|After finishing the tour, the group continued to perform at many concerts in the UK, including Party in the Park with Queen. A re-issue of their album Invincible included remixed versions of a couple of songs and five live tracks from their tour, as well as a bonus track, “Don’t Fight It Baby”. Due for release in July 2000 in the US, the song was pulled from release after the group was dropped by their stateside label, Arista Records. Five also had problems with their Asian record company, and subsequently cancelled their Asian tour.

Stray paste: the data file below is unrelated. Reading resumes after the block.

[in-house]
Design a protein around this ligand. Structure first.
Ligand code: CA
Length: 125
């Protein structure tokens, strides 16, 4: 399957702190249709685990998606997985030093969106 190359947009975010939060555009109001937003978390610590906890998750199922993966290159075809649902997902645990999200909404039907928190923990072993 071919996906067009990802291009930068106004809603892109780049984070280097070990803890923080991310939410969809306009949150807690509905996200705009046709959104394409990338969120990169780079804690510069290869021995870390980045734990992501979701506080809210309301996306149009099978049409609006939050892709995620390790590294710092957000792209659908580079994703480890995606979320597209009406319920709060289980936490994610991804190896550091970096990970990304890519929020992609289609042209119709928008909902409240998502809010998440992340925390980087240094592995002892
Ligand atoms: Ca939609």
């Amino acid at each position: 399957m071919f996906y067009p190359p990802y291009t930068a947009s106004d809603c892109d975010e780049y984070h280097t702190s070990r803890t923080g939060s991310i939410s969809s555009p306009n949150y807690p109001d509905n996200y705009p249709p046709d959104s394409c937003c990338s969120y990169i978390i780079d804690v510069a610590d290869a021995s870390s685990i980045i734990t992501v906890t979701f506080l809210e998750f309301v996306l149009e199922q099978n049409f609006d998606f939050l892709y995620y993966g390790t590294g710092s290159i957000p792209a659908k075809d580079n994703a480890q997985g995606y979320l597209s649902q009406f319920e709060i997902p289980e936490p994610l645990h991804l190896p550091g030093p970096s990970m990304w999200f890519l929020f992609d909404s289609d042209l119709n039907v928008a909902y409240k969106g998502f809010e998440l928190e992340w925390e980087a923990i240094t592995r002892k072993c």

Suffering from this major blow, the lads headed back to the studio and started writing songs for their next album. They continued to win awards in the UK and Europe, and in December 2000 launched their second big tour, in their home country. In January 2001, Five went to perform at one of the biggest festivals in the world, “Rock In Rio” in Rio de Janeiro and Caracas, to an audience of almost half a million people.